Ethiopia Wude Mikeso Natural Grade 1
Cup Characteristics: Flavors of mango, banana, earthy, vanilla, dried apricot. Fleshy, smooth texture of pear, peach or baker's chocolate. Medium fruit intensity that is assertive but not overpowering. Clean.
$19.99 per pound
Arrived September 2020 in grainpro, new crop. Travelogue notes by Barry Levine.
In late January I traveled to Ethiopia as the new harvest was finishing up (my last travel since Covid). While there I cupped hundreds of coffees and traveled throughout the major growing areas of Yirgacheffe and Guji, both in the Southern Nations, Nationalities, and Peoples' Region region which also includes Sidama. The region, sometimes shortened to SNNPR. is one of ten region-states throughout the country and has a population of roughly 15 million people out of Ethiopia's 105 million. After arriving in the nation's capital Addis Ababa, we spent a couple of days cupping a hundred or so recently harvested lots at an importer's lab, several of which coffees seemed particularly noteworthy. On the third day at dawn we trekked by 4x4 vehicle south into the Yirgacheffe region, over rough and dusty roads that became the norm after the paved ones ended. People were everywhere along the way, walking alongside the road or in the many three wheeled "bajaj", the blue and white taxis, that are in abundance and which seem as if they will all collide but yet somehow do not. Add to the mix lots of farm animals crossing the road, oblivious to vehicular traffic. Ten hours later, covered in dust, and sore from being bounced around much of the day, we arrived at the first mill. As we pulled into the compound some thirty or forty member farmers and their children broke out in song and dance to greet us, a beautiful and joyous reception that lasted about a half hour. We were seated in a large tented space wrapped with chairs all along the perimeter, our importer host being honored at the center. He is the connection between this very small number of dedicated and generally poor producers and buyers in various parts of the world.
Wude Mekiso and her husband Saqo Lasa
Though we did not share a common language the warmth of the community spoke for itself. And as we went around the room for introductions, each said their name as did we. One of those names we came to quickly find out, was the producer of one of my highest scoring coffees back in Addis. We also came to know that she was only one of two women producers in this whole region. Her name is Wude Mekiso and she sat quietly next to her husband Saqo Lasa. Hers was my top pick of that first group of coffees, about sixty of them. My notes were mango, banana, earthy, vanilla and an asterisk with my comment 'was very fragrant and impressed me at the start', so it was especially nice to see Wude Mekiso in person as well as some of the others. Also, so nice to see each producer able to offer coffee under their own names and identities, rather than being blended together. Even when superior coffees are blended together at the mill, the individual growers' identity gets lost and replaced by the name of the mill or the lot or the town. A person's hard work and attention to the quality and the detail it requires, is deserving of being identified with the coffee they produced.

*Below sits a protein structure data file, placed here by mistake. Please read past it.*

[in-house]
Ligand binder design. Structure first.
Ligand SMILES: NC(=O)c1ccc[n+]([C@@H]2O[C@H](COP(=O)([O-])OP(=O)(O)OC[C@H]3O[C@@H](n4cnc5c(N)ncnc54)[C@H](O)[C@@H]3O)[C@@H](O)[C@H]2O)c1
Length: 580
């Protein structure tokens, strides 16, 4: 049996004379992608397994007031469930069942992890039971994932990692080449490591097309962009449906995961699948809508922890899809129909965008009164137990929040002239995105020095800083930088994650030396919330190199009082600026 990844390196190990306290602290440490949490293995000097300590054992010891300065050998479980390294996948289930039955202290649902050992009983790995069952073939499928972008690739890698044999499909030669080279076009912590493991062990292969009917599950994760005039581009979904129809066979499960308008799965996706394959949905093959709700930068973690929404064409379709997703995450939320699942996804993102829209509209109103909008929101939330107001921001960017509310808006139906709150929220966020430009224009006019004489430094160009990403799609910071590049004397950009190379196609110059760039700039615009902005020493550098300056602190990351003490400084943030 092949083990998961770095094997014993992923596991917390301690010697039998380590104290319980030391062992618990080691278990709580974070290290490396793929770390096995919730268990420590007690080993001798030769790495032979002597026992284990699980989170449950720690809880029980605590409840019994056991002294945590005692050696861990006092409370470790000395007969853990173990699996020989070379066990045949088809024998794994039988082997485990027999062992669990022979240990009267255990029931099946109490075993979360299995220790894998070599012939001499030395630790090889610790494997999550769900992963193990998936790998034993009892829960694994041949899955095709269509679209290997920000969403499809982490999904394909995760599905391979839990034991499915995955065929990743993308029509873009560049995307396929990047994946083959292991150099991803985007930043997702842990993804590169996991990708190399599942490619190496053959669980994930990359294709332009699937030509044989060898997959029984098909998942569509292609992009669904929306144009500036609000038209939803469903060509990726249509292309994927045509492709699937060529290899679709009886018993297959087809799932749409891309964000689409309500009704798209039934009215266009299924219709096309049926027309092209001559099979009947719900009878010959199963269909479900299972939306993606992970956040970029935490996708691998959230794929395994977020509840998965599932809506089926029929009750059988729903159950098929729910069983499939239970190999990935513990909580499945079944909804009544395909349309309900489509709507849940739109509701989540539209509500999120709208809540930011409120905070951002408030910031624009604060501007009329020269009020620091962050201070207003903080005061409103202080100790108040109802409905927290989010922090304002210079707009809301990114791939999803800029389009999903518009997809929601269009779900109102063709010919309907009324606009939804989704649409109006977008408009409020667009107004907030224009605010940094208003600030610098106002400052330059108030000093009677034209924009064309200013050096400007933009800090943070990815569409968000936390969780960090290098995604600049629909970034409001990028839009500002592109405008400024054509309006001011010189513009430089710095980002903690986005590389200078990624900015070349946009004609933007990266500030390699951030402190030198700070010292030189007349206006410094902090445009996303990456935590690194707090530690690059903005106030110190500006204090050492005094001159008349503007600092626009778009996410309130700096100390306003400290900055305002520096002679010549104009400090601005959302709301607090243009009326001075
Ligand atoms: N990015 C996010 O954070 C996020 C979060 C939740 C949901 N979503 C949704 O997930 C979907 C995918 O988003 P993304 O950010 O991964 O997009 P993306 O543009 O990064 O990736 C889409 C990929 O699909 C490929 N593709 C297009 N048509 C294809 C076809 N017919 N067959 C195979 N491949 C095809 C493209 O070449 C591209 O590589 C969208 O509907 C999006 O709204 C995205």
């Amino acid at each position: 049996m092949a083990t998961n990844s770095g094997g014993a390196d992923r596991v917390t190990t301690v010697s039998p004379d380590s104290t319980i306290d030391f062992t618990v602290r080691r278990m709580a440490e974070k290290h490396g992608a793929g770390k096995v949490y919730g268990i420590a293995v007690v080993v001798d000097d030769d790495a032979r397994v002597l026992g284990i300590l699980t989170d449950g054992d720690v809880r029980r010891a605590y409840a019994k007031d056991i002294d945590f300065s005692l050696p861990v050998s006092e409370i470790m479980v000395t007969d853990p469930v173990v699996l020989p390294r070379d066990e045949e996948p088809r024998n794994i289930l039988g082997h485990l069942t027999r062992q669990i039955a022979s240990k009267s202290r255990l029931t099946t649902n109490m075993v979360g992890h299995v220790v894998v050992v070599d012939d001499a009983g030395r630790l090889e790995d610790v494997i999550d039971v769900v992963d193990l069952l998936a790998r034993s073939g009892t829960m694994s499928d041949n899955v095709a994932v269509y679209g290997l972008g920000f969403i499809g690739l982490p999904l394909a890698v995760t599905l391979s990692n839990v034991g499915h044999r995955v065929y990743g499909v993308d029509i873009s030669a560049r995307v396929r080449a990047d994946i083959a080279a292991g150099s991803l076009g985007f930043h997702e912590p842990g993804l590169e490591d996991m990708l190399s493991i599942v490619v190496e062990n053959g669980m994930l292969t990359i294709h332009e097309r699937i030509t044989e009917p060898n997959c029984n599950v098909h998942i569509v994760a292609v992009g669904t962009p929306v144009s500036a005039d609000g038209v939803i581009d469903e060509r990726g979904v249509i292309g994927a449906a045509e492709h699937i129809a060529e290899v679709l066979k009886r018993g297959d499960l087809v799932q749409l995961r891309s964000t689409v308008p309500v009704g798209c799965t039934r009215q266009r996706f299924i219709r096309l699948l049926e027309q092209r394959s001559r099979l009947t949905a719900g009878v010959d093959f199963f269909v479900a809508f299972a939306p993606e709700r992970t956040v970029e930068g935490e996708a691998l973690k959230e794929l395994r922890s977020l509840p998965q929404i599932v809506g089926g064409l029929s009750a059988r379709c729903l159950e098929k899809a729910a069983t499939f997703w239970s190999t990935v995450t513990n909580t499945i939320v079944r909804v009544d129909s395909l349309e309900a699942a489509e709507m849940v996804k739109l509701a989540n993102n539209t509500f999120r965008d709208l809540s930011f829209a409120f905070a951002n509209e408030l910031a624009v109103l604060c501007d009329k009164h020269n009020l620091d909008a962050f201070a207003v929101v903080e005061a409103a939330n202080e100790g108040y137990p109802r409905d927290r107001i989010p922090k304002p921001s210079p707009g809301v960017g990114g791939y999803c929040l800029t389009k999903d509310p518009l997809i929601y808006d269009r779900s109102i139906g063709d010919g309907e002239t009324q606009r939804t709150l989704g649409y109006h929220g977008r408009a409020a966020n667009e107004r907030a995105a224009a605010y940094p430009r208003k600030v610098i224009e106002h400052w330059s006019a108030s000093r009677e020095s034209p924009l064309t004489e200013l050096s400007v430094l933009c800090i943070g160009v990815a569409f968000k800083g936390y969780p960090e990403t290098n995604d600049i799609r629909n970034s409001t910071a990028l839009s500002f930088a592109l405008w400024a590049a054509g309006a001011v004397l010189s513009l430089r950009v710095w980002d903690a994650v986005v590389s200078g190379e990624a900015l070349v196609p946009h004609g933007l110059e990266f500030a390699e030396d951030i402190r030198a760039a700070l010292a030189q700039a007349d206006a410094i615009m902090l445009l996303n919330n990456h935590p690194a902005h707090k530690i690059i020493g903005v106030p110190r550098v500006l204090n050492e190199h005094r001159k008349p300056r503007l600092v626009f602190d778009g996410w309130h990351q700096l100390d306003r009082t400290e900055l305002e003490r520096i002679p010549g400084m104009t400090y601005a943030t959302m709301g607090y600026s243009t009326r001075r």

In general I found the best cupping washed coffees coming from Guji and the most flavorful Natural processed coffees from Yirgacheffe. These two areas border one another. In years past Yirgacheffe had the reputation for quality coffee that was known around the world while Guji was relatively unknown. While they share a similar climate, producers in Guji were at a disadvantage, strictly based on reputation. There are quite a few accounts of coffee from Guji being taken over the border to Yirgacheffe to be sold there. But in recent years Guji has justly gained its own reputation. And while much of the Yirgacheffe coffee was, and in some cases still is, washed processed coffee, there is a great deal more Natural processing being done there and done well. Mainly there are traditional methods but some portable technology is used, often the gift of others, to measure moisture, water activity and the like, each a determinant toward quality standards.
- Farmer: Wude Mekiso
- Altitude: 1950 meters
- Zone: Yirgacheffe
- Sub district: Kara Sodet
- Varietal: Heirloom
- Farm size: 14.5 hectare (about 35 acres)
- Process: Full Natural